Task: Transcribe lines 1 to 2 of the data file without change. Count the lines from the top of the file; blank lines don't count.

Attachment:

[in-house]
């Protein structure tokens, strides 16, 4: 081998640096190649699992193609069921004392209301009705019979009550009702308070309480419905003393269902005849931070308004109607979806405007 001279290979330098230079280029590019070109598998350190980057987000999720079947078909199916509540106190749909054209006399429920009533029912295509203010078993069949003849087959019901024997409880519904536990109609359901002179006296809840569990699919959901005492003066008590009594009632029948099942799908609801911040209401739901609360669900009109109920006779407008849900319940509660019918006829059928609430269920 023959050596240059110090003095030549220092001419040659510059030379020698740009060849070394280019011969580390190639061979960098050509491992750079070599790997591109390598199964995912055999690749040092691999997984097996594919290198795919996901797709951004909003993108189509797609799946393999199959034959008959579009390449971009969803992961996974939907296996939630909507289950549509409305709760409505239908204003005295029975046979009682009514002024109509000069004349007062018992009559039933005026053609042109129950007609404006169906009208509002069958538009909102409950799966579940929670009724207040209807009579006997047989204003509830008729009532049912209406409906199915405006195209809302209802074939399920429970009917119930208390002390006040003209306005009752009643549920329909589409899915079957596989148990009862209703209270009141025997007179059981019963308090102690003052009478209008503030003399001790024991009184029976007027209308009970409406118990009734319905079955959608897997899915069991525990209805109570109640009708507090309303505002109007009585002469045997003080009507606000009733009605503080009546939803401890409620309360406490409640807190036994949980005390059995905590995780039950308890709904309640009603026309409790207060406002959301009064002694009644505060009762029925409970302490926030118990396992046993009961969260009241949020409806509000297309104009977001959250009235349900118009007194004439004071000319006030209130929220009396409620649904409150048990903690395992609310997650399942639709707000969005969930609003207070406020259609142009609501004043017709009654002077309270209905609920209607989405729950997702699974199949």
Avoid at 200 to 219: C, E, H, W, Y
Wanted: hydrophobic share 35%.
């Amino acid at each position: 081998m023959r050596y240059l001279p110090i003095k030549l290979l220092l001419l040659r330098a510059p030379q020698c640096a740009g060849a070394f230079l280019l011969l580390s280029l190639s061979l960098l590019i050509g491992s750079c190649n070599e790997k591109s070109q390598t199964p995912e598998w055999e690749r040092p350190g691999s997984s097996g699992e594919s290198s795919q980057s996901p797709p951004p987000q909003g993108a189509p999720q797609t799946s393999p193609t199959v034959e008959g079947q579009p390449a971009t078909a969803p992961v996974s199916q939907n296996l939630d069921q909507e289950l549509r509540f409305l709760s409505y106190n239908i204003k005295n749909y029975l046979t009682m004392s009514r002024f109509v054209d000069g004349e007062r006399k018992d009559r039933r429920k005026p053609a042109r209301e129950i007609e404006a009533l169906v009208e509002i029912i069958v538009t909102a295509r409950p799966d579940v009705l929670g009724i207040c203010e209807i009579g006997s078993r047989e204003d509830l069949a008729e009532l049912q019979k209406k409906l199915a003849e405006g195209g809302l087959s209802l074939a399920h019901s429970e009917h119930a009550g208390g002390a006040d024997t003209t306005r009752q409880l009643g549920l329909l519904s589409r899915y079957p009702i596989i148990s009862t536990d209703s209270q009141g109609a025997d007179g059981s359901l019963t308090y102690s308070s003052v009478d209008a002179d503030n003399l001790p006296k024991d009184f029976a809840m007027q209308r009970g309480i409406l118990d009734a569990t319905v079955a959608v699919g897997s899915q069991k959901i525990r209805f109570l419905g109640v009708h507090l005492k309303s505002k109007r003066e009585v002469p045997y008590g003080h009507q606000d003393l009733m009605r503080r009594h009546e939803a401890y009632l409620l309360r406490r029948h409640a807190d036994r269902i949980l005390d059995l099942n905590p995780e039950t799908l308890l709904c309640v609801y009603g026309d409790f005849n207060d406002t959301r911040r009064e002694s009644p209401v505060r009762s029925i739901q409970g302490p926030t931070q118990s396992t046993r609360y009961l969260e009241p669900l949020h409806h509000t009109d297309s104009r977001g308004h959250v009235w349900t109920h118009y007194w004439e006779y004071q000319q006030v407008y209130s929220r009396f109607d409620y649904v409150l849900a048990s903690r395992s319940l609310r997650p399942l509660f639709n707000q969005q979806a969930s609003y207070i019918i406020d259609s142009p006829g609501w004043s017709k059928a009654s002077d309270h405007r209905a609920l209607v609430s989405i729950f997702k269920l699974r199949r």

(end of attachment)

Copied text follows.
[in-house]
């Protein structure tokens, strides 16, 4: 081998640096190649699992193609069921004392209301009705019979009550009702308070309480419905003393269902005849931070308004109607979806405007 001279290979330098230079280029590019070109598998350190980057987000999720079947078909199916509540106190749909054209006399429920009533029912295509203010078993069949003849087959019901024997409880519904536990109609359901002179006296809840569990699919959901005492003066008590009594009632029948099942799908609801911040209401739901609360669900009109109920006779407008849900319940509660019918006829059928609430269920 023959050596240059110090003095030549220092001419040659510059030379020698740009060849070394280019011969580390190639061979960098050509491992750079070599790997591109390598199964995912055999690749040092691999997984097996594919290198795919996901797709951004909003993108189509797609799946393999199959034959008959579009390449971009969803992961996974939907296996939630909507289950549509409305709760409505239908204003005295029975046979009682009514002024109509000069004349007062018992009559039933005026053609042109129950007609404006169906009208509002069958538009909102409950799966579940929670009724207040209807009579006997047989204003509830008729009532049912209406409906199915405006195209809302209802074939399920429970009917119930208390002390006040003209306005009752009643549920329909589409899915079957596989148990009862209703209270009141025997007179059981019963308090102690003052009478209008503030003399001790024991009184029976007027209308009970409406118990009734319905079955959608897997899915069991525990209805109570109640009708507090309303505002109007009585002469045997003080009507606000009733009605503080009546939803401890409620309360406490409640807190036994949980005390059995905590995780039950308890709904309640009603026309409790207060406002959301009064002694009644505060009762029925409970302490926030118990396992046993009961969260009241949020409806509000297309104009977001959250009235349900118009007194004439004071000319006030209130929220009396409620649904409150048990903690395992609310997650399942639709707000969005969930609003207070406020259609142009609501004043017709009654002077309270209905609920209607989405729950997702699974199949």